If you are a bit of a meat-lover, like me, one of the highlights of visiting Florence is ordering a Bistecca alla Fiorentina – a Florentine steak. Being faced with such an enormous chunk of meat could be daunting, but like many Tuscan dishes, it’s best when shared.
Its history dates back to the times of the Medici and celebrations of the feast of San Lorenzo. On his feast day, still celebrated on August 10th, parties were held in the piazzas around Florence. Large pieces of meat, donated by wealthy families, were cooked on open fires and shared with the people. At the time, Florence was often a resting place for travellers, and it is said that English knights were often included in these celebrations. Enjoying local hospitality (and plenty of local wine, I’m sure), they encouraged their hosts to share more by shouting “Beef steak! Beef steak!” The Florentines adopted this, and it is still called Bistecca to this day.
Today, Bistecca alla Fiorentina is the pride of many a Florentine restaurant, but beware! There are rules! The steak is cut from the loin and has a T-bone in the centre, with a fillet one side and a sirloin on the other. One of the favourite breeds of cattle is also one of the oldest – the Chianina breed. They can be traced back to Roman times, their white coat being widely valued in triumphal processions.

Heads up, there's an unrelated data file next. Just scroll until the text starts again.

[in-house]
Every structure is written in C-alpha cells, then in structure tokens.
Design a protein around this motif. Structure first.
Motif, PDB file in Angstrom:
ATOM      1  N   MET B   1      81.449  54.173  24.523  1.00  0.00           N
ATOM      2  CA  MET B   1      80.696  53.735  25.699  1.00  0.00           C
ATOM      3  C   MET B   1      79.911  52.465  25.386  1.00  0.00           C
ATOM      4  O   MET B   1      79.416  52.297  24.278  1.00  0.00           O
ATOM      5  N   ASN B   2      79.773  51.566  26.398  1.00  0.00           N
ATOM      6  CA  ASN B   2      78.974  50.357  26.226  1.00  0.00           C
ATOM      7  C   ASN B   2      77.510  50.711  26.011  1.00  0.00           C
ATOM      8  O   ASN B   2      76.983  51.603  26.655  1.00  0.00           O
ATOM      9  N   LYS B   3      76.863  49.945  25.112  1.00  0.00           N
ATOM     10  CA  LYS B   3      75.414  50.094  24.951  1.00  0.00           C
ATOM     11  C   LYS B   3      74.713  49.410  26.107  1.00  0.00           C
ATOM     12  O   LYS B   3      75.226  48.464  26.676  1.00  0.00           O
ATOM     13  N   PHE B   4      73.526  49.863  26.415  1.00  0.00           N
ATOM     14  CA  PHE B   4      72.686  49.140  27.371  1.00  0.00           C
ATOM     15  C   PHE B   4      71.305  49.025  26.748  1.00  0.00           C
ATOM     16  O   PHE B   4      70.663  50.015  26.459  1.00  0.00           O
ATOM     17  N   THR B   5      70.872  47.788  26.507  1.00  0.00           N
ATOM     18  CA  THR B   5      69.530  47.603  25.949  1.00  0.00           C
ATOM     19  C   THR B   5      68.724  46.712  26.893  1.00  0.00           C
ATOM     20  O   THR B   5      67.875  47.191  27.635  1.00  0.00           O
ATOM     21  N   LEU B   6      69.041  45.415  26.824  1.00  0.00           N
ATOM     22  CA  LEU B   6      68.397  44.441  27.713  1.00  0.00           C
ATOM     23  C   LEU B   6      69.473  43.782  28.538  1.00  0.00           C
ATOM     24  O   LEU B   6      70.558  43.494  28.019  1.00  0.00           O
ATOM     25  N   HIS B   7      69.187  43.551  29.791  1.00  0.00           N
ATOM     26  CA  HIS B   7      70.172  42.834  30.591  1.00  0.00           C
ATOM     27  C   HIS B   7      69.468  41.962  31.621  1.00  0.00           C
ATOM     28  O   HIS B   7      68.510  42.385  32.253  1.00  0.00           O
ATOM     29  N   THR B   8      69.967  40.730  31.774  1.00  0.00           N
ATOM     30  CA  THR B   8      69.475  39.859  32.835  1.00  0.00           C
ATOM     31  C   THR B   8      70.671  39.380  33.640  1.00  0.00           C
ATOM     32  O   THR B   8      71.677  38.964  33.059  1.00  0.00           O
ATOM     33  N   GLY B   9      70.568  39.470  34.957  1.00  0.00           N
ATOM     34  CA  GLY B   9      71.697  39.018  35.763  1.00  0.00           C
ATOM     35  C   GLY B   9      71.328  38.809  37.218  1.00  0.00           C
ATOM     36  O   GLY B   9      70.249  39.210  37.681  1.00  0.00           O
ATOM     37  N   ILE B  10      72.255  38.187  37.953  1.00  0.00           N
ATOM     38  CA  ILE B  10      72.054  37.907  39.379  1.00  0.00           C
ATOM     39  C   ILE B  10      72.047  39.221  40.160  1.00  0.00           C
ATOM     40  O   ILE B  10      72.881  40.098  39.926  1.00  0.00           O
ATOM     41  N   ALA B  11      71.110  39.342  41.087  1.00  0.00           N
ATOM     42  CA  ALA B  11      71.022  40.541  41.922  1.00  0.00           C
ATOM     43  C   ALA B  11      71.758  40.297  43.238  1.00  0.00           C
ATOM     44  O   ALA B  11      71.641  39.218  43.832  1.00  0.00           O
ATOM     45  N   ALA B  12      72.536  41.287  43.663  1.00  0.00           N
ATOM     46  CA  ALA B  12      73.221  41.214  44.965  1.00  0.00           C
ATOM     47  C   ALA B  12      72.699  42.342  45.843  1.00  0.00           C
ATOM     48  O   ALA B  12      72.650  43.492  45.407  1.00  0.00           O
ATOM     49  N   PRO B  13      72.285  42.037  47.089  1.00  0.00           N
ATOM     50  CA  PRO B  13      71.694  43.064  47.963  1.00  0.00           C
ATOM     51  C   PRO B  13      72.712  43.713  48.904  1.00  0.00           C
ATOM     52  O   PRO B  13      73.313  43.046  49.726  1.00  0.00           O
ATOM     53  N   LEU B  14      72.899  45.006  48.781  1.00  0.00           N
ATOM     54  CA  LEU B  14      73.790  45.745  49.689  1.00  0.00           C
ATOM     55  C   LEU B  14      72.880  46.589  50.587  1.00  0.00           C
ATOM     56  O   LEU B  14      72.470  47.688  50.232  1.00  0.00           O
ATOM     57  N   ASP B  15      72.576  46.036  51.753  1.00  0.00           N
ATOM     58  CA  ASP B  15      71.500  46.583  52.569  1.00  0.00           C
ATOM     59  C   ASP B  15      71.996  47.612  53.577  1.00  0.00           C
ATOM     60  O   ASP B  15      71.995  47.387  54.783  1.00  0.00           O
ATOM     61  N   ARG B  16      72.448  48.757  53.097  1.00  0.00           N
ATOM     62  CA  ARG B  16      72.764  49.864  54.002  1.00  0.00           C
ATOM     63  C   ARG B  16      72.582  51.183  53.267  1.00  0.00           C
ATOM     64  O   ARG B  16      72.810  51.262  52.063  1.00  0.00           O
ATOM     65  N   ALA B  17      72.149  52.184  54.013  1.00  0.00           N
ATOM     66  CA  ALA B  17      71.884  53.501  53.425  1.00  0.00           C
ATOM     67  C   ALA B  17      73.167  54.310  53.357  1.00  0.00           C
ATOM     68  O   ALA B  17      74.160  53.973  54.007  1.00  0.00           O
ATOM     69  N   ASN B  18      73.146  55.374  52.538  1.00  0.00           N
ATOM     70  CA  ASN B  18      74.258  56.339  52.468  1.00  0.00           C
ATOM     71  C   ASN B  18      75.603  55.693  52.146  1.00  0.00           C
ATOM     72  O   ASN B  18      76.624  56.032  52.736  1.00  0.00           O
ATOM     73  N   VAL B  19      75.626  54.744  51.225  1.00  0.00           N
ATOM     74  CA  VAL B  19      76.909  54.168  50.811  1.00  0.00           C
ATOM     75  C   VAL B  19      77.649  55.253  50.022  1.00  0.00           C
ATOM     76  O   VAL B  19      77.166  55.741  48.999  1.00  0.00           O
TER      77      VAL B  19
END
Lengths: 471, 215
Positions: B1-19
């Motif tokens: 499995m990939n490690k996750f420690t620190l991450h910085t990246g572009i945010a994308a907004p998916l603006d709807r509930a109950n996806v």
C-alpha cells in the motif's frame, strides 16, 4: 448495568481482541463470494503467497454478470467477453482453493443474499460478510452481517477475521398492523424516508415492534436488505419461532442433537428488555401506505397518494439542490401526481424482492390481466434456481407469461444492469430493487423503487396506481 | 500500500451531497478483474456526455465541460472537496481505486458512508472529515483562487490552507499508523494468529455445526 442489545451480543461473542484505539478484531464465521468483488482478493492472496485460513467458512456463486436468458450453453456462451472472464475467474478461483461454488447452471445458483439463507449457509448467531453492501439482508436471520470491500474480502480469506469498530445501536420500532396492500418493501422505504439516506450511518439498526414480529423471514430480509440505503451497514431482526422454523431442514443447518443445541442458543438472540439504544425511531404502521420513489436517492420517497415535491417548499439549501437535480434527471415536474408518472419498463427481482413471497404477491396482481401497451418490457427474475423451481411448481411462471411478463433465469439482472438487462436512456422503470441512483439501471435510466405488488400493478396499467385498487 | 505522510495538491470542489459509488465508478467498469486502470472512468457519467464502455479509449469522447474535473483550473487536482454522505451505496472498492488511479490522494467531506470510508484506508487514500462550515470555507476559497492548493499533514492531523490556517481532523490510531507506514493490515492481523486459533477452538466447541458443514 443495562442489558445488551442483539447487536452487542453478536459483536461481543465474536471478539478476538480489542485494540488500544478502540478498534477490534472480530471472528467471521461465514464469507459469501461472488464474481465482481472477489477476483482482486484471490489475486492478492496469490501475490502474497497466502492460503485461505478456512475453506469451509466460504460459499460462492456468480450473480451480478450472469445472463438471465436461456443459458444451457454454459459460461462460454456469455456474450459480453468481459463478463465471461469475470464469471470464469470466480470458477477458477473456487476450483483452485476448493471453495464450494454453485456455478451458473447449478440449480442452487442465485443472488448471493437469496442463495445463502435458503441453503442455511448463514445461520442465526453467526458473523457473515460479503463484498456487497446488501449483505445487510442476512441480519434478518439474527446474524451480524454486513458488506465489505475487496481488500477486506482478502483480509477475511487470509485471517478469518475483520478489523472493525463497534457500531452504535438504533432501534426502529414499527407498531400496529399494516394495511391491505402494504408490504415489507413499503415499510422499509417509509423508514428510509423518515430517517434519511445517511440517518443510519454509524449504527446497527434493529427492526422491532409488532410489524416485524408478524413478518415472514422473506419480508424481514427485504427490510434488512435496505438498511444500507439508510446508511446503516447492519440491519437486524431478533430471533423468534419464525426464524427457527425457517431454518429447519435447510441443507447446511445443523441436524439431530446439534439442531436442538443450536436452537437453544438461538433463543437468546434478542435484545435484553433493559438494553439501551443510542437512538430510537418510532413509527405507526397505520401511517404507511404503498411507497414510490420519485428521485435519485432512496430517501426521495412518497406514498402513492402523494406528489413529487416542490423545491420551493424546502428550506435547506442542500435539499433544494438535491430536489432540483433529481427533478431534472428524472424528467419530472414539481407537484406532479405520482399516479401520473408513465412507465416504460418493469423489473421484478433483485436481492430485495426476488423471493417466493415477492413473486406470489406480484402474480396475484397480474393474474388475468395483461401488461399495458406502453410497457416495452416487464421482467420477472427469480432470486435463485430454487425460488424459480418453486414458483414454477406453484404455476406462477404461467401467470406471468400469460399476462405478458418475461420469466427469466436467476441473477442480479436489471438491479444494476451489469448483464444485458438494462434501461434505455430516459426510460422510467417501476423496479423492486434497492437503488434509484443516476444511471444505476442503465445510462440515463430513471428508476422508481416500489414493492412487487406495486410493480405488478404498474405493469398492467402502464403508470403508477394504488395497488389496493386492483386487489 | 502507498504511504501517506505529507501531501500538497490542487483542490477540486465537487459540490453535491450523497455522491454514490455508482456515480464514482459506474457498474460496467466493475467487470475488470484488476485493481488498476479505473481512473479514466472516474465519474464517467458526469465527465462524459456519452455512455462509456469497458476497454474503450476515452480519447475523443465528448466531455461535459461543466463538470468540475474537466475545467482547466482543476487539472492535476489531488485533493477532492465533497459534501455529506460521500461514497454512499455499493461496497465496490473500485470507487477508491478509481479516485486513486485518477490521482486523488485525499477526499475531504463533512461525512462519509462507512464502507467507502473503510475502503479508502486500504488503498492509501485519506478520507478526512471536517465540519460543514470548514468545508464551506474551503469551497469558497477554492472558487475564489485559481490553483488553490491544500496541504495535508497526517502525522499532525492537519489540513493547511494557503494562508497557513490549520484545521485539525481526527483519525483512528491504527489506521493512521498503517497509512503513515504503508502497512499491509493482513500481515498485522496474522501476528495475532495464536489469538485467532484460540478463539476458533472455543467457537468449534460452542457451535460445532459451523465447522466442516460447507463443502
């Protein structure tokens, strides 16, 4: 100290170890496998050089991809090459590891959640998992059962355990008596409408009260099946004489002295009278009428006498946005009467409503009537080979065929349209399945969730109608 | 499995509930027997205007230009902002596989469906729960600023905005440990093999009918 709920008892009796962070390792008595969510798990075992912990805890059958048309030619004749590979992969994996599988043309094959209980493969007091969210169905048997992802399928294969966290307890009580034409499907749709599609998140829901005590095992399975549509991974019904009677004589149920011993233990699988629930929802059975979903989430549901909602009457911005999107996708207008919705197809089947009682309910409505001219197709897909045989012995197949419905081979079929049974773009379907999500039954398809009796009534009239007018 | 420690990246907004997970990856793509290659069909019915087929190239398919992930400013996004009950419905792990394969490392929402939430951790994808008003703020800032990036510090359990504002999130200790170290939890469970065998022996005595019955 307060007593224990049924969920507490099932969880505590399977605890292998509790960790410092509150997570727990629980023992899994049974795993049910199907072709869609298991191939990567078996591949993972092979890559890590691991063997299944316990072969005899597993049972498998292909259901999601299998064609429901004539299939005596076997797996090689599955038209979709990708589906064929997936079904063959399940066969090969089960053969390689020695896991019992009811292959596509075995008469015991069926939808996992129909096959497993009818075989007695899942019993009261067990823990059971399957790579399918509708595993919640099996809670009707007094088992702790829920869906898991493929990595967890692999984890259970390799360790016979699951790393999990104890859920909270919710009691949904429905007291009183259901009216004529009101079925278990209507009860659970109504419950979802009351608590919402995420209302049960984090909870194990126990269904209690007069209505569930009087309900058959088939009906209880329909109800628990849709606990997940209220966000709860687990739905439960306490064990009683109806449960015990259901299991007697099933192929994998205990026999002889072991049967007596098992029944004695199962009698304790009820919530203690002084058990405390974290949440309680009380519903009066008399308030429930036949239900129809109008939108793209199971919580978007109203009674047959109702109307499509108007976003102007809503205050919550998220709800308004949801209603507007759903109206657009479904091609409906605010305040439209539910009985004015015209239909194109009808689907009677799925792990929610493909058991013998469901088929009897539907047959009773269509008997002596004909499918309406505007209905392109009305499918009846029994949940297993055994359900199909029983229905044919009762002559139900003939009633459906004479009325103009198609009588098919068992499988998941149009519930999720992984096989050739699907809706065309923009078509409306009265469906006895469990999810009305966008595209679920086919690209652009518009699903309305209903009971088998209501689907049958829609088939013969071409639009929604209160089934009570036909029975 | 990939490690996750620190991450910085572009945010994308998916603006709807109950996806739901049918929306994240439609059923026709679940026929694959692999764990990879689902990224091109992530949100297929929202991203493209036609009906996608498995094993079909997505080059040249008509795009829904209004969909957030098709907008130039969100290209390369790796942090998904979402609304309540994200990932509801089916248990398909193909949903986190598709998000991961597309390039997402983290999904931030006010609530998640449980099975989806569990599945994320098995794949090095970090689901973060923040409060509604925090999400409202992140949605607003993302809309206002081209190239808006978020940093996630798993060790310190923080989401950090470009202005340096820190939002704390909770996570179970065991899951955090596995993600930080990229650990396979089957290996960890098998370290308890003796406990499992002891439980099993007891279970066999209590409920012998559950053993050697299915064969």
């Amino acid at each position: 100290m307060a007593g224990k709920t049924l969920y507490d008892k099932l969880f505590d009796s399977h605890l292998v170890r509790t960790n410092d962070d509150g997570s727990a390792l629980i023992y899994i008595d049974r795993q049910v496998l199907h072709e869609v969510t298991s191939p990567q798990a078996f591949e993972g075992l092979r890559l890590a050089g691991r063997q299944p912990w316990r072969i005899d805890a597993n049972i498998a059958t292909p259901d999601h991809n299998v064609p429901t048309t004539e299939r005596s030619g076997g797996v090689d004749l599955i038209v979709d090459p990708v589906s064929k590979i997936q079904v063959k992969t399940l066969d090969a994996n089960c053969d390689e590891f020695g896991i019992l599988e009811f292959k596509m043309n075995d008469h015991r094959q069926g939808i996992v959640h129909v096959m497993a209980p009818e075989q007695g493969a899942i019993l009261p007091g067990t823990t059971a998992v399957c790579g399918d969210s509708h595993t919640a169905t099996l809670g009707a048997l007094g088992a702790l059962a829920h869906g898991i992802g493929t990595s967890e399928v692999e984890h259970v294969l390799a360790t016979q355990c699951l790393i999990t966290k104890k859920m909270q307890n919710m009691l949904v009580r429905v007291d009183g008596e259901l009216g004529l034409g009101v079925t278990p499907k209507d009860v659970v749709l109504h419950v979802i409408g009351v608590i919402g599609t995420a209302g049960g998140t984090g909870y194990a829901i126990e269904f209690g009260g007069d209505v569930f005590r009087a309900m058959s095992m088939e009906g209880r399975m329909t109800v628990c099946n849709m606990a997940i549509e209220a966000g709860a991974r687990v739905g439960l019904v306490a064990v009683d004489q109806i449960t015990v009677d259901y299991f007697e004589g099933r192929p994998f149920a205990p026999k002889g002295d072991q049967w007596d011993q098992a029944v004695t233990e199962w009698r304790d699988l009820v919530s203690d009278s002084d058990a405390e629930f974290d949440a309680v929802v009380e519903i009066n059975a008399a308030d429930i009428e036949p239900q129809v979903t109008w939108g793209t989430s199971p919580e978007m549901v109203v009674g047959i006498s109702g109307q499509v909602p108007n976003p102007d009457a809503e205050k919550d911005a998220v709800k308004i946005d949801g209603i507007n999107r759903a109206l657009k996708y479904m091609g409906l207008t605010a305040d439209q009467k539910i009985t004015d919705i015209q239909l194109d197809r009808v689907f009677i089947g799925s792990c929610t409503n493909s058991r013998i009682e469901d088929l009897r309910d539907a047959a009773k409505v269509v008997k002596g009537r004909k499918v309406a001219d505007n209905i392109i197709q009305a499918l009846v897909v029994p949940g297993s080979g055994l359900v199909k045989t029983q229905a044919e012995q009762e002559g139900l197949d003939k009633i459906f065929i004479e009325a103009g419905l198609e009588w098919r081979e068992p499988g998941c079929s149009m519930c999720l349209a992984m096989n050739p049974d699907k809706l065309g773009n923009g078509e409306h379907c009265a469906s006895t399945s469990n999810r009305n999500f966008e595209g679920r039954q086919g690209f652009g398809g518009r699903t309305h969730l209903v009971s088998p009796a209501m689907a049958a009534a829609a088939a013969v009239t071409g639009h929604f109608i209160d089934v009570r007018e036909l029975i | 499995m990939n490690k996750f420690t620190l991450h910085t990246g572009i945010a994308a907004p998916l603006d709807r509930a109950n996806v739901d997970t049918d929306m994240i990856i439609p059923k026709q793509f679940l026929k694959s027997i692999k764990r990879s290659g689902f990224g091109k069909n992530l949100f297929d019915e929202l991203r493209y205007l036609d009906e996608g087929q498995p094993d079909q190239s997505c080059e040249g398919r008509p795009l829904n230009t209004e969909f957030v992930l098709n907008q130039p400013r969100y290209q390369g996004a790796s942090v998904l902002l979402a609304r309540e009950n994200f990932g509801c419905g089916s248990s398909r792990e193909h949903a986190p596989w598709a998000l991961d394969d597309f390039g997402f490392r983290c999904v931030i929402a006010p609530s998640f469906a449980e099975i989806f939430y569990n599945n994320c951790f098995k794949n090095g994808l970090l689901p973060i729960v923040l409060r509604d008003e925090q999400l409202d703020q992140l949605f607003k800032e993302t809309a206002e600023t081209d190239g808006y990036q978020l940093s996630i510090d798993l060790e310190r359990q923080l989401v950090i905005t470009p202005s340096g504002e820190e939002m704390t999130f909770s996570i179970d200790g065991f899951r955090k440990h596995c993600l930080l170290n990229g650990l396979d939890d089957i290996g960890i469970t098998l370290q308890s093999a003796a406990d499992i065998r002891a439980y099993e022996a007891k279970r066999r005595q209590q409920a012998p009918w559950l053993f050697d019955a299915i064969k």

When ordering, you will often be shown the raw cut, for your approval, before cooking. It’s usually 3-4cm thick and can weigh from 1-3kg. (Prices on the menu are usually quoted per kg.) Don’t be afraid to ask for a larger or smaller steak, depending on how hungry you and your companions are. One piece of advice, never…and I mean, never…ask for it to be cooked well done! Bistecca alla Fiorentina is served rare…always! There are no sauces needed for this dish. It is cooked on hot coals or burning wood and seasoned well before serving.
Here, we can see our Bistecca being cut and prepared by Eleonora, in our favourite Florentine restaurant. (She has the same name as the cook in my story. Coincidence?)
Ok, so a lot of red meat is not good for you, but this is a rare treat!